Love without Bread

SUBDUE THE EARTH FOR BREAD

Bread needs good soil and nature or chemicals do not make it lasting or suitable.  The command the Creator gave to Adam was, “Subdue the land or ground” (Gen. 1:28).  Nature needs human hands and minds to prepare the soil before it can produce grain that can become bread.  The soil, by itself, is only a tool in the hands of a master-farmer that knows and understands the content and ingredients required to keep the ground productive.  Above all else, he respects the earth and treats it with dignity because it is the only source for his daily bread.

Bread does not grow by itself.  I was born on a farm in my grandfather’s home.  By the age of twelve, I worked along side of men on a farm.  From my father, I learned how to prepare the soil without modern chemicals that depleted the soil.  We enriched it with degradable refuse from animals, humans and nature.  We plowed it under and let it become part of the soil.  We did not poison the land with chemicals to kill weeds or the bugs that keep the soil arable.  We picked weeds by hand put them in a pile where they degraded and could be used as manure.  The little worms made passages and tunnels in the earth and allowed moisture to reach the roots of the plants.  These little creatures are also the Creator’s workers to help man subdue the earth. They too eat a portion of the plants and seed man sows, but it is minor in the service they render and the sacrifices they make by keeping the ground porous.  They themselves become nourishment to the earth.  It is an amazing system the Creator has designed for man to grow his own food.

The word “subdue” does not mean that man must force his hand on the soil, but man must treat it with the respect he has for himself, that is if he expects the earth to feed him.  In my own encounter with the soil, I fully identify with the four types of ground Jesus described in The Parable of the Sower (Mk. 4; Mt. 13).  He mentioned four types of ground the path, the rocky, the thistles and the good soil.  I have had experience with all four.   We did make paths by driving and walking on roadways to get to the productive land and I did graze cows on these narrow paths.  They too produced grass and weeds our cows enjoyed.  We had a piece of land where I picked rocks until my hands bled.  Every winter, the frost brought more to the surface.  Our labor was not in vain for the harvest made the effort worth.  The thorns of course were due to our negligence.   They do no stay or grow in bad land but spread anywhere, even among rocks.  They made my hands just as bloody as the rocks.  I pulled many by their roots before they could harm the grain we had planted and seeded.  When the thorns became too large to be pulled, we cut off their heads before their seed could spread.  Under such circumstances, we did harvest from thirty to sixty percent.  We never harvested one hundredfold on any soil because nature is a brutal competitor.  Even with the most strenuous endeavor to control weeds, they will take as high as forty percent to sustain themselves in this cursed world.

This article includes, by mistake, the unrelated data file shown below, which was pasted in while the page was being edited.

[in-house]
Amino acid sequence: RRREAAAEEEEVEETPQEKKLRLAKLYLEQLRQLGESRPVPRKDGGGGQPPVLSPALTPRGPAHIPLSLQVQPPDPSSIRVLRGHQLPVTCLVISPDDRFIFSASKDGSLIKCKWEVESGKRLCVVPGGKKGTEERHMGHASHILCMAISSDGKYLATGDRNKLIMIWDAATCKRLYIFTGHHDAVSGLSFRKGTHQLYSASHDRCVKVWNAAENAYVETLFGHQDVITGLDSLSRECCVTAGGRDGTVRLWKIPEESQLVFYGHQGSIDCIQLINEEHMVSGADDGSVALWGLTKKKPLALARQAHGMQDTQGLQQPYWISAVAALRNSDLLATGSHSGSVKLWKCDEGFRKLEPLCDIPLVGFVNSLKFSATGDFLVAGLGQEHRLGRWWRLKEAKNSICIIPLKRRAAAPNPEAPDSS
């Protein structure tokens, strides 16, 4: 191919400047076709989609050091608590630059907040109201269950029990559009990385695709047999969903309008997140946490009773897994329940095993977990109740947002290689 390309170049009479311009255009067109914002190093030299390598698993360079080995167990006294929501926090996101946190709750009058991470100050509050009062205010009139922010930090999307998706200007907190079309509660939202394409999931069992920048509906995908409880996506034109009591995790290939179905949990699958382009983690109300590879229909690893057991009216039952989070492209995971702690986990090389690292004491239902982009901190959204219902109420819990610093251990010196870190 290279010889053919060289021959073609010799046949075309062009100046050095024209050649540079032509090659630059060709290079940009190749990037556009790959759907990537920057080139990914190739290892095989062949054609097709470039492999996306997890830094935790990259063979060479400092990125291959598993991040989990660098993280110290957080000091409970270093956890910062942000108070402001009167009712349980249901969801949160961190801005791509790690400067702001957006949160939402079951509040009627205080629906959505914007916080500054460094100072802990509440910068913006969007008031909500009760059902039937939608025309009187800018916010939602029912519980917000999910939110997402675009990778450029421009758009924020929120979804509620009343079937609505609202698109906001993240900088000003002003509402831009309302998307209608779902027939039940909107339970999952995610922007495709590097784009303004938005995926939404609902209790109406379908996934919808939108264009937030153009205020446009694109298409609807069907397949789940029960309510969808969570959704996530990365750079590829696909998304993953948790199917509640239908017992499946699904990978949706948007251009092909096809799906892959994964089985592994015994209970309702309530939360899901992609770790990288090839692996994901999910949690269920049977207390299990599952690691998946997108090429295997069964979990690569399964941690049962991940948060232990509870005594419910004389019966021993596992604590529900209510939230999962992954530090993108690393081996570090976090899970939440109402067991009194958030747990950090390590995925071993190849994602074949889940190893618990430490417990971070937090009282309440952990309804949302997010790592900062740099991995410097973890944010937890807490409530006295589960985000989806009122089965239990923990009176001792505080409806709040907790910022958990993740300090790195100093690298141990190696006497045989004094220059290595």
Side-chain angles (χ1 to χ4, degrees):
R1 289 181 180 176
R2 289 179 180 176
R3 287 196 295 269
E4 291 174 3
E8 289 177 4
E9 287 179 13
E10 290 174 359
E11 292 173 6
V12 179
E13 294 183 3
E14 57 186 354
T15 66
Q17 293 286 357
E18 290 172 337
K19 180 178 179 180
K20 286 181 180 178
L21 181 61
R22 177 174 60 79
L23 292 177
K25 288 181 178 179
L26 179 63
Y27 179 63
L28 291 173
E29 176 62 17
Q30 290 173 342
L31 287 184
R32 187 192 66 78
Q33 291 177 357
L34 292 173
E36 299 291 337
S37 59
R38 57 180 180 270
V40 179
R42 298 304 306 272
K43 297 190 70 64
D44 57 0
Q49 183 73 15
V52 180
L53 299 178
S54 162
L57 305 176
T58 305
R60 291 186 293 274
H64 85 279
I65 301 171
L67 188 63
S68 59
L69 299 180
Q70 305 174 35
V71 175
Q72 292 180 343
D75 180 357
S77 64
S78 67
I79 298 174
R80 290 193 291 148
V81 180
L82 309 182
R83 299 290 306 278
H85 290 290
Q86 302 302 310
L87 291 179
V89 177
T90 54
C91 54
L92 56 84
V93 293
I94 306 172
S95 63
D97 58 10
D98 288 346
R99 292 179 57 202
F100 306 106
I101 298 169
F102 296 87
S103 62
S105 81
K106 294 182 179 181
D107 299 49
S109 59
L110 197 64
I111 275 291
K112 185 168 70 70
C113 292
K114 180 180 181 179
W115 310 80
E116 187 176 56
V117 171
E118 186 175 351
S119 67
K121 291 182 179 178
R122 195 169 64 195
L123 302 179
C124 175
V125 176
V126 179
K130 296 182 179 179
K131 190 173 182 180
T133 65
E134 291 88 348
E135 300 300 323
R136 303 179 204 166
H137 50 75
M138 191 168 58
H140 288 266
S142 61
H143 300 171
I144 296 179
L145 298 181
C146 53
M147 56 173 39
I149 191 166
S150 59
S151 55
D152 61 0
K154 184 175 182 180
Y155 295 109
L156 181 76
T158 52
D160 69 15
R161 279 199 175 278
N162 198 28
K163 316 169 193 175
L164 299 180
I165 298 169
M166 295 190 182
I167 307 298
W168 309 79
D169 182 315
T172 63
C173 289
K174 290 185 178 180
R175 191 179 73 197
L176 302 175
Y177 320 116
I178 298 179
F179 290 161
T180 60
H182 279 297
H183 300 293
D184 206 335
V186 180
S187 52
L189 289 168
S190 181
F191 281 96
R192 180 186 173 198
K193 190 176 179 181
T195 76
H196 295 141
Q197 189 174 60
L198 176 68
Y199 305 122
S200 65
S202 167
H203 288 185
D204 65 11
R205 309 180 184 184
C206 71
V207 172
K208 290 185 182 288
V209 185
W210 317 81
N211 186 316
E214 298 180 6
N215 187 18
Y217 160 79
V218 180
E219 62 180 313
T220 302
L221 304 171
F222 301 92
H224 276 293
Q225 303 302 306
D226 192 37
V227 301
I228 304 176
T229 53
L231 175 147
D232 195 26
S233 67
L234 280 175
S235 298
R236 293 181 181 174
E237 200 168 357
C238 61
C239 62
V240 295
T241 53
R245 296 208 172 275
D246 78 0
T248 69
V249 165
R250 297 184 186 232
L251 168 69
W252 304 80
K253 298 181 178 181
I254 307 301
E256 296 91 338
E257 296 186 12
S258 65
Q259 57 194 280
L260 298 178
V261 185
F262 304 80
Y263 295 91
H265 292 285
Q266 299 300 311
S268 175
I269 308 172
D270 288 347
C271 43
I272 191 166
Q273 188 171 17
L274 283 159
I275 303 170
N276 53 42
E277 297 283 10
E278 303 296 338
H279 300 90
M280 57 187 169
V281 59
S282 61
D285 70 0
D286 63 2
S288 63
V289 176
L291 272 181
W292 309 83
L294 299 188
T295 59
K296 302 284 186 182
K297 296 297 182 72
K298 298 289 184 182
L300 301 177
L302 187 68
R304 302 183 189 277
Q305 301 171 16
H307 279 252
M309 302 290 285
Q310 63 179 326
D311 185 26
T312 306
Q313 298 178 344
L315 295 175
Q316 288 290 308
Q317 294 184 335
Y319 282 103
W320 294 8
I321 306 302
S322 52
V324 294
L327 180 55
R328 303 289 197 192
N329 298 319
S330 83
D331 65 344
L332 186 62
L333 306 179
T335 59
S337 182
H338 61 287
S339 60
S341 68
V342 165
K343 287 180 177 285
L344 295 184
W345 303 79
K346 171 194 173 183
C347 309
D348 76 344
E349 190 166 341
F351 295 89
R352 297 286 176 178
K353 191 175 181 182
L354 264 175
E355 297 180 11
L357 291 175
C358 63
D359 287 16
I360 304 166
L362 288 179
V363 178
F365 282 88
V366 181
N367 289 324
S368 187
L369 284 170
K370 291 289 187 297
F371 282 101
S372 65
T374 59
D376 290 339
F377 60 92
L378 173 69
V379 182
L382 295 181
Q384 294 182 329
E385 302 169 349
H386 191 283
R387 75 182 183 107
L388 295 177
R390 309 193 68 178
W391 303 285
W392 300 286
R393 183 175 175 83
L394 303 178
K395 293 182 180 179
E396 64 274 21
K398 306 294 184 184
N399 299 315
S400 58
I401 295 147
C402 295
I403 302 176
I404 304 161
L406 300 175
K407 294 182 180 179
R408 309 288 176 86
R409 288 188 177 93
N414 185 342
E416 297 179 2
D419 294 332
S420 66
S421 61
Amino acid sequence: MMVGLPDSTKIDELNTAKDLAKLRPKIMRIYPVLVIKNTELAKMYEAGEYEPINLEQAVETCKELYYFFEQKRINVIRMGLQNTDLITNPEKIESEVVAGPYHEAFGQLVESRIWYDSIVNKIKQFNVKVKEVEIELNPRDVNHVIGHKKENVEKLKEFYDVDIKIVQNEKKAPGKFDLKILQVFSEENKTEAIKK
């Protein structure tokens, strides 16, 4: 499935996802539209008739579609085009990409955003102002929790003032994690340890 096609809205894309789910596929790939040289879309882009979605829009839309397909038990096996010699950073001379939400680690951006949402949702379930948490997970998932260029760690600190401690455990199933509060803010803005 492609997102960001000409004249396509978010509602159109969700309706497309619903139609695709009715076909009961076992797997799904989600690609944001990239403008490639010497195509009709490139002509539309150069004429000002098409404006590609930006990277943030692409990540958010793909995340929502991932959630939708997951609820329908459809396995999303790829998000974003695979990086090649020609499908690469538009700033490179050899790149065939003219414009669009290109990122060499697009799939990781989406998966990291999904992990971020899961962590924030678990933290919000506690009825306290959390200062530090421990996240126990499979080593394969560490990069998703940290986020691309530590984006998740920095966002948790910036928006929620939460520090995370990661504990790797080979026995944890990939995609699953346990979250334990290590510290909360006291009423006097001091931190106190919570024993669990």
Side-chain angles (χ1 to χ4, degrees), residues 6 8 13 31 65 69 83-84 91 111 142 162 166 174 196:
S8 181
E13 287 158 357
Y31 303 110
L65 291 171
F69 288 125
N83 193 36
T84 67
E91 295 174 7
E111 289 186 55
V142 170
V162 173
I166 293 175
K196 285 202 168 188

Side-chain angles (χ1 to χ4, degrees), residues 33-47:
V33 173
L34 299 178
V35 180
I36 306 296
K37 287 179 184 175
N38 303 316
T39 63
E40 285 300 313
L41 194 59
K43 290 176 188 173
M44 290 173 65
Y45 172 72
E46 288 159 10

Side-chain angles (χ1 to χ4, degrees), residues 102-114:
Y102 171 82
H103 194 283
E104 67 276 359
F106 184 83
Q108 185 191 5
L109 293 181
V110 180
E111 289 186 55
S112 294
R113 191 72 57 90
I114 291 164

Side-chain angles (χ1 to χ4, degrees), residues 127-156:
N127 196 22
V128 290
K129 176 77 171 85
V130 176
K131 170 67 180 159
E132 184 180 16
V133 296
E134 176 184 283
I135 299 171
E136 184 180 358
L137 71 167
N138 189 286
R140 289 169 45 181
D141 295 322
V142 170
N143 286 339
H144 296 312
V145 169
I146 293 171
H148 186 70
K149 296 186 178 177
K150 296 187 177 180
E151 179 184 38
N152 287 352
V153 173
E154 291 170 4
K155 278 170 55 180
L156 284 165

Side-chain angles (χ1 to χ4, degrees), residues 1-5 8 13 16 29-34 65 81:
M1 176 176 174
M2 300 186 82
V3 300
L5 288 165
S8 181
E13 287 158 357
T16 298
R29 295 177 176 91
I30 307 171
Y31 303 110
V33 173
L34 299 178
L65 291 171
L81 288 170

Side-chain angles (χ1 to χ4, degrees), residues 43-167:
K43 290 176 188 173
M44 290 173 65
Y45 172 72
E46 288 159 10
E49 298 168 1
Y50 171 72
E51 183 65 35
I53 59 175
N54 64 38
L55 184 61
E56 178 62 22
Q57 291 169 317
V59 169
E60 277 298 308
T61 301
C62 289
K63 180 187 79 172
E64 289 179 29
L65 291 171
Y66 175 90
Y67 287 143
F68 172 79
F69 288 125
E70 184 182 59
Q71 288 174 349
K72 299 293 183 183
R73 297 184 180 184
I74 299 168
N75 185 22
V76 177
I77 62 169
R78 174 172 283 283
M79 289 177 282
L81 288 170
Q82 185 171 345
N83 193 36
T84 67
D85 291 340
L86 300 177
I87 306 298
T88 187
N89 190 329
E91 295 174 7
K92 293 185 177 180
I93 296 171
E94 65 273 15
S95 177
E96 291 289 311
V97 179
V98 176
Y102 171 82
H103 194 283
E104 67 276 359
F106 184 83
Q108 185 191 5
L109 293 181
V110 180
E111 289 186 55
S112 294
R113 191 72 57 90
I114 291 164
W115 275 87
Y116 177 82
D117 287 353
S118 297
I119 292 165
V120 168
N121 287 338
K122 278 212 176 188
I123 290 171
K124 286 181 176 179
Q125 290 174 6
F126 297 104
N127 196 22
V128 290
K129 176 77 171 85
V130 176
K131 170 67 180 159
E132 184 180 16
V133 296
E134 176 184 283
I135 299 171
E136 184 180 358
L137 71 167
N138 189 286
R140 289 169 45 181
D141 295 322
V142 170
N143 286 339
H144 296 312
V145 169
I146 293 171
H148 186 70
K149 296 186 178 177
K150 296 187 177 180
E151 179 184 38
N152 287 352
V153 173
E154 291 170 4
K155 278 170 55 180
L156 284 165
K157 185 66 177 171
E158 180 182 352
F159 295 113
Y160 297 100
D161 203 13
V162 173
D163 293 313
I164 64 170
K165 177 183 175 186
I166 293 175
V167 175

Whether we want to believe it or not, this is by the Creator’s design to bring man to his senses for being disobedient and negligent on his own behalf.  Man is paying for what he caused.  Whenever we think we get something for nothing, we hurt ourselves.  The illegal food the first couple ate had a high price tag.  The Creator’s message to Adam was, “Because you have obeyed the voice of your wife and have eaten of the tree, I have commanded you not to it of it, the ground is cursed because of you; labor that will cause you sorrow will be your food all the days of your life; thorns and thistles you will harvest and live off the plans of the field.  With sweat on your brow you shall eat bread until you return to the ground out of which you were made; for, dust you are and to dust you shall return” (Gen. 3:17-19).

It is a crime to expect nature to take care of itself.  We did not have a large farm, just big enough for us to keep the soil good and productive, far from being a hundred fold; nevertheless, sufficient to make a very comfortable living.  Thirty to sixty percent income from a piece of land is an enormous profit in contrast to the business world.  I also have some experience with farming in Canada.  I worked for a man who had eight hundred acres in Manitoba, in contrast to our less than a hundred acres in Poland.  We harvested just as much grain on our small farm than the Canadian did in fertile Manitoba from his huge farm.  In addition we harvested loads of beats, cabbage, potatoes and other vegetables, while the Canadian did not.  The Canadian had better soil than we did, except he had abused its virginity.  He would furlough some sections, but he would not decompose the weeds, only plow them under and they would reappear and displace the grain.  We, in Poland, did not even furlough some of our land, but merely rotated crops.  We subdued the soil or gave it back what it needed to stay alive, the Canadian let nature and chemicals kill the life in the soil.  After years, I returned to that fertile part in Manitoba where hundreds of small farms once lived.  I found that two of my cousins were farming the entire area with big machines.  During the long winter season, they ran lumber camps to sustain their farms.